Practical Measures of Land Reform

Practical Measures of Land Reform

The most tantalizing facts about land have always been that owners of it receive a return on its use without doing work; and that as population increases, land increases in value, again accru­ing to the owner without labor on his part. The English econo­mists—beginning with Adam Smith and greatly reinforced by Ricardo—did not quiet the ever present discontent with land distribution. In fact it was Ricardo's theories which served as "scientific" justification for modem efforts to make land com­mon property. The seeming injustice of "reaping where he has not sown," has led social reformers to give a prominent place to measures eliminating private ownership in land. John Stuart Mill, believing that rent and the increase in the value of land represented unearned increment, advocated a tax which would take from the land owner all future rents. A periodic evaluation, would be made to see whether any increase in value had occurred as a result of society's action. If so, a general tax would be levied upon the increase. Mill was not opposed to immediate appropriation of land in principle, but he felt that more efficient adminis­tration would be forthcoming if the community acquired title to the land slowly. This he felt would eventuate as the profit was removed from ownership in land.

Gossen (1810-1858) presented a plan about the middle of the 19th century which bears a resemblance to Mill's and fore­casts the program of Henry George which was to come some time later. Gossen believed that industrial progress was hindered by lack of capital and by the obstruction caused by private property in land. He therefore advocated a government bank to take care of the first need, and a system of taxation which would absorb all rents and ultimately lead to government ownership, to deal with the second. Expenses of the government would then be entirely paid by the rents or rent taxes which it received. However, owners of property should be paid not only for present values but for anticipated values in any transference of ownership to the state. Indeed, Walras (1834-1910), in advancing his own theory of land reform in 1867, advocated outright purchase of land by the issuance of government bonds providing not only for present value but anticipated income. The rents of the property would be received by the state and used to pay off the bonds.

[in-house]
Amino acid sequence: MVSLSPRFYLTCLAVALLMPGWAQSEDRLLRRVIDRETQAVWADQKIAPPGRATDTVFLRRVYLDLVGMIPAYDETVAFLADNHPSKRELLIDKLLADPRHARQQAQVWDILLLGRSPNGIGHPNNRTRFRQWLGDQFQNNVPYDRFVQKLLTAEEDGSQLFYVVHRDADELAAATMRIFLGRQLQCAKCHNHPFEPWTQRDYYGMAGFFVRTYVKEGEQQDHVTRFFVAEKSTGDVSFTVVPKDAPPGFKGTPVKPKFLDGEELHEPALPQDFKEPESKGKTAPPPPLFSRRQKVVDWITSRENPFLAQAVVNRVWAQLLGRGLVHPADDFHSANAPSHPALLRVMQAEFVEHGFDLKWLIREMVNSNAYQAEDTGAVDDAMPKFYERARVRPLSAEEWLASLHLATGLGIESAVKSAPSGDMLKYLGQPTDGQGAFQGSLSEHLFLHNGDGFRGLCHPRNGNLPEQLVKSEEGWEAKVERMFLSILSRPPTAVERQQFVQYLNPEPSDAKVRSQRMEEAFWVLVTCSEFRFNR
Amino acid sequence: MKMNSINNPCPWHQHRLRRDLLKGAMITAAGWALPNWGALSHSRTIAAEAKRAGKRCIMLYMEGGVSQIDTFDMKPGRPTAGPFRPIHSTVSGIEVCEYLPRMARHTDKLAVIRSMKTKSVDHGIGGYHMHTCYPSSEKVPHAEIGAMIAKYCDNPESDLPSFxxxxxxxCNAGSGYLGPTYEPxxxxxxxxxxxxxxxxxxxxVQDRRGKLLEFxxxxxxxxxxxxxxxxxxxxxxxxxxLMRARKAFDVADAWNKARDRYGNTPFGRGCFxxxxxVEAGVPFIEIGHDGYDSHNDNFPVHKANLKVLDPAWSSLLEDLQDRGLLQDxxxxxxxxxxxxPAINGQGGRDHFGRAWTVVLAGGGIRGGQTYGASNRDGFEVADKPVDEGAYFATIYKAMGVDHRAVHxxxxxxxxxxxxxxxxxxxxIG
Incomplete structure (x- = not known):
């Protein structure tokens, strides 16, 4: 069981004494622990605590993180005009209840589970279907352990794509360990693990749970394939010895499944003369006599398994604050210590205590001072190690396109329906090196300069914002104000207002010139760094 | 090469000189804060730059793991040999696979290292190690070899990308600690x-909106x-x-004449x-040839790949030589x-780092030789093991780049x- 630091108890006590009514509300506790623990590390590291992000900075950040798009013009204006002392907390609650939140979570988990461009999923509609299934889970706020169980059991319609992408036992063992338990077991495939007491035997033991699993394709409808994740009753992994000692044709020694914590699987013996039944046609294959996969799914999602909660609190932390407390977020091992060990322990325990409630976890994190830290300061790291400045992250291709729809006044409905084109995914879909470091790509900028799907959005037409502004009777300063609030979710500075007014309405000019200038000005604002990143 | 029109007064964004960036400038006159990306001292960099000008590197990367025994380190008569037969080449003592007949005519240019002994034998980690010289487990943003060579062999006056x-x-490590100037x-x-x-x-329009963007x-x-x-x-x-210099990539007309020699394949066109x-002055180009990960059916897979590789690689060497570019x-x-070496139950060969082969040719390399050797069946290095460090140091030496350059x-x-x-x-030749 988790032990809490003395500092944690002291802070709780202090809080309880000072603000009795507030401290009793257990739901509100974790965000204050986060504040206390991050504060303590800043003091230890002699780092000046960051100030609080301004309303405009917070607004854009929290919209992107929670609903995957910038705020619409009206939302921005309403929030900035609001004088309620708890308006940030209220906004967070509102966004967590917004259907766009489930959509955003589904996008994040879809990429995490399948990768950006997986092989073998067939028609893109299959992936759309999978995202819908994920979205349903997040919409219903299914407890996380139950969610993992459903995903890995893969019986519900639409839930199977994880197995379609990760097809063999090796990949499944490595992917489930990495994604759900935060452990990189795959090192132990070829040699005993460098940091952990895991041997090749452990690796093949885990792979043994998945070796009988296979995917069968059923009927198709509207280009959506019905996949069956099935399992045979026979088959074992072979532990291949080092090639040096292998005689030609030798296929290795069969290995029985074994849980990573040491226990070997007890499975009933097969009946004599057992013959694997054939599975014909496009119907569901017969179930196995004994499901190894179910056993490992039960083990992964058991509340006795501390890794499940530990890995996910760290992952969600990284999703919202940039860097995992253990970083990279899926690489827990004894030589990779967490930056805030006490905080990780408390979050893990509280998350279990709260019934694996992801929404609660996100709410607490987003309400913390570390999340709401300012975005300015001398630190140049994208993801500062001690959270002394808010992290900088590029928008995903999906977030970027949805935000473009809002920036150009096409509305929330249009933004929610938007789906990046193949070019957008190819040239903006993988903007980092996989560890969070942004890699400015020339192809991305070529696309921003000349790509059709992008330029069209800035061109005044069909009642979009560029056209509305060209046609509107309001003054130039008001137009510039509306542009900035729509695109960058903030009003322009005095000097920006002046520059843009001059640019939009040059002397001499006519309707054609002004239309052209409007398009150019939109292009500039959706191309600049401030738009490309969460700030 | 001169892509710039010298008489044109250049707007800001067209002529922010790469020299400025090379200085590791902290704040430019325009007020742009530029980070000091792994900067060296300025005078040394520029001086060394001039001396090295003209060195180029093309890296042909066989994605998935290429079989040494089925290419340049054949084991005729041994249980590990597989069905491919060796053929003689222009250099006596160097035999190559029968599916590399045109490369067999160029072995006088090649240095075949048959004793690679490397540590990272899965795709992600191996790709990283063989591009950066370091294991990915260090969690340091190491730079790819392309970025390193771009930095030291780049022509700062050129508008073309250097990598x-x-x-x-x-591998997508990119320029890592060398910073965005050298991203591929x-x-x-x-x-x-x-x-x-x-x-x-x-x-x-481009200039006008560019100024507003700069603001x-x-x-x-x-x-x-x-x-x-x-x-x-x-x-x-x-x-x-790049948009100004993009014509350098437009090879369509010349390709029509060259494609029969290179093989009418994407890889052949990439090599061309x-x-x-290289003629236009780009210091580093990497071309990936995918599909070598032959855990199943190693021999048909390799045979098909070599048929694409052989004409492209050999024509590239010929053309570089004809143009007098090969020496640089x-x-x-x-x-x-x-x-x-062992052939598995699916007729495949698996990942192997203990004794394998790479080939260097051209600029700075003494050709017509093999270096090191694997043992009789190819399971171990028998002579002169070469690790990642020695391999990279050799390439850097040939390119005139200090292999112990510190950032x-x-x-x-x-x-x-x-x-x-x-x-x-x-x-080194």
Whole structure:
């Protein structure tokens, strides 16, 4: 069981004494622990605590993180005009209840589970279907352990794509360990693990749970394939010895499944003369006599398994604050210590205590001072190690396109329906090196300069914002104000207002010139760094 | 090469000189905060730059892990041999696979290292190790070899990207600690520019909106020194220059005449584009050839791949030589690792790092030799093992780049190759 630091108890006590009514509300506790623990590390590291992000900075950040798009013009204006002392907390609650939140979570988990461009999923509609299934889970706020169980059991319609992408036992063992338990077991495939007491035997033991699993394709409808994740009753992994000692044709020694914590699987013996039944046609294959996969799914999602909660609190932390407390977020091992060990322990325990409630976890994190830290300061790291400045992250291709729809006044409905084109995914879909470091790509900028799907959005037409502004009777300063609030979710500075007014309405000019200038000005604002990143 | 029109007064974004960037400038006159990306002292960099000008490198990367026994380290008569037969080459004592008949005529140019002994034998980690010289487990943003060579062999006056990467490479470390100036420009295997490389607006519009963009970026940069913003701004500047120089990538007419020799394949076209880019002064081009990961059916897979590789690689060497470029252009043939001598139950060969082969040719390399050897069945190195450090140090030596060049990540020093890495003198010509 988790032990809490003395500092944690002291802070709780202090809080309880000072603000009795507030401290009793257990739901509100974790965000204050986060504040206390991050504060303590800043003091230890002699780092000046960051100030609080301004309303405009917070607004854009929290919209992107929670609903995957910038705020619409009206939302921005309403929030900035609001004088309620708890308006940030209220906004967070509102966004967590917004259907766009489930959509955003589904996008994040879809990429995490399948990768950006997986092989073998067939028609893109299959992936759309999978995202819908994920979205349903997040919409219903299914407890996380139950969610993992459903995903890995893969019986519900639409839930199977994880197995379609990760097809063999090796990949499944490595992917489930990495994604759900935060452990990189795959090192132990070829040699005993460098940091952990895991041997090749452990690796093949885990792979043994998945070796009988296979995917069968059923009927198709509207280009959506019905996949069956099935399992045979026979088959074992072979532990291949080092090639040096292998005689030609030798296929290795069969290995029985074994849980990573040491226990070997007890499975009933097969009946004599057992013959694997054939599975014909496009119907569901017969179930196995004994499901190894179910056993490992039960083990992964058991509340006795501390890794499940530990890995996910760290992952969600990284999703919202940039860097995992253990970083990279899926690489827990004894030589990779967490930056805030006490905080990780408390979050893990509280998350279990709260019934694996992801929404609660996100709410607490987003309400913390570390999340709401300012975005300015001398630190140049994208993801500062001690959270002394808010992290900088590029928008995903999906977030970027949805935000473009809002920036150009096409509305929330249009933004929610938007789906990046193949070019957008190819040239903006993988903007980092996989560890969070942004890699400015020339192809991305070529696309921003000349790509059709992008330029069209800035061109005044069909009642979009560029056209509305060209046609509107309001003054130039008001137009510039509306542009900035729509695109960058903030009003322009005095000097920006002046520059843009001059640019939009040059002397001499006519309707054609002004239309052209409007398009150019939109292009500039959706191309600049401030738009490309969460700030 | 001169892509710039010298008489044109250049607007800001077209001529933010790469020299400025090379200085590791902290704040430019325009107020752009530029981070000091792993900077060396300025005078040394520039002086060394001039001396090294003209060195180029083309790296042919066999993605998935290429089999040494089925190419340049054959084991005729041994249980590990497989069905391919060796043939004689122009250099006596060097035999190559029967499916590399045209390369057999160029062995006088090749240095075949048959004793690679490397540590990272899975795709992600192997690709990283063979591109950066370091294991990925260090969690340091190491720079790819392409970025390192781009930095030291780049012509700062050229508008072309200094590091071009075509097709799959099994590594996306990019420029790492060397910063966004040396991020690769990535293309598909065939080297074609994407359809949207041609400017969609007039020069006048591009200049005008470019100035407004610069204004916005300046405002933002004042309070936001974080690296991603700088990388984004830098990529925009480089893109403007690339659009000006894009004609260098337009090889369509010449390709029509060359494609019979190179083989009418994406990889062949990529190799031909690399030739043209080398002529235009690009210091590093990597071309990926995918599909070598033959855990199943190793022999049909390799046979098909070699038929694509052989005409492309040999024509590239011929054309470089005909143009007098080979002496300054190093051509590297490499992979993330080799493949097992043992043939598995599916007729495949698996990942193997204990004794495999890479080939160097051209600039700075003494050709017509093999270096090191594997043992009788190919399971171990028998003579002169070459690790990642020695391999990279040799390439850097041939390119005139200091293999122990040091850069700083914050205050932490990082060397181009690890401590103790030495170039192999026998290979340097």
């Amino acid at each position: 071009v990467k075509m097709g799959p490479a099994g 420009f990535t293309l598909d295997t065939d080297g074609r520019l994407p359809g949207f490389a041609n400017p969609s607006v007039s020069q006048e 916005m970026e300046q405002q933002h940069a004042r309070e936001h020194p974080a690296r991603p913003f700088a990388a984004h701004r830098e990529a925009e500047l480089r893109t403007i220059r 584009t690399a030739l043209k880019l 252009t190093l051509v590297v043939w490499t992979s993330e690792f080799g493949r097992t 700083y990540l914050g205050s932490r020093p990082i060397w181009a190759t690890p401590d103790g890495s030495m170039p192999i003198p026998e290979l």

The scheme which has had the longest period of popularity and which is frequently advocated as a practical measure for systems of local taxation in America today is Henry George's single tax program. The tax would be levied upon that portion of the rent which remained after the expenses of maintenance and the return of capital invested in improvements had been deducted. The apparent simplicity of the proposal is misleading and the practical difficulties of the plan have prevented potential advocates of the reform from obtaining active support.

Land reforms of a more practical and less theoretical and radi­cal nature have been devised from time to time throughout human history as necessity demanded them. Such programs have seldom been the work of scholarly economists, but usually that of professional politicians and statesmen. There were the reforms of the Gracchi in ancient Rome whose purpose it was to preserve the small farmer from extermination at the hands of the great land owners. Then there was the program of land reclamation by the Cistercian order of monks which helped to re-establish individual freedom by opening up new lands to free tenants. Later the Inclosure Acts of 18th and 19th century England broke up the village commons in order to provide additional areas for tillage. More modern programs (the United States government's free land policy of the last half of the 19th century, and its more recent attempts to safeguard the farmer through mortgage moratoria, aid in soil erosion, and crop reduction payments) have sought to adjust land use and land ownership, not only to eco­nomic, but also to social needs. The Hitler government in Ger­many, finding itself faced with a persistent agricultural problem existing for decades, likewise evolved a program creating a new nobility of farm proprietors and guaranteeing the maintenance of a family estate through new laws of inheritance. Thus in theory and in practice the problems of the land challenge the thought of man. Yet in the age of industrialization the concern of most people is directed to the machine and its products. It is the ma­chine and the market which bring ease of life and personal wealth. How different is the outlook today from that of the economists of yesterday!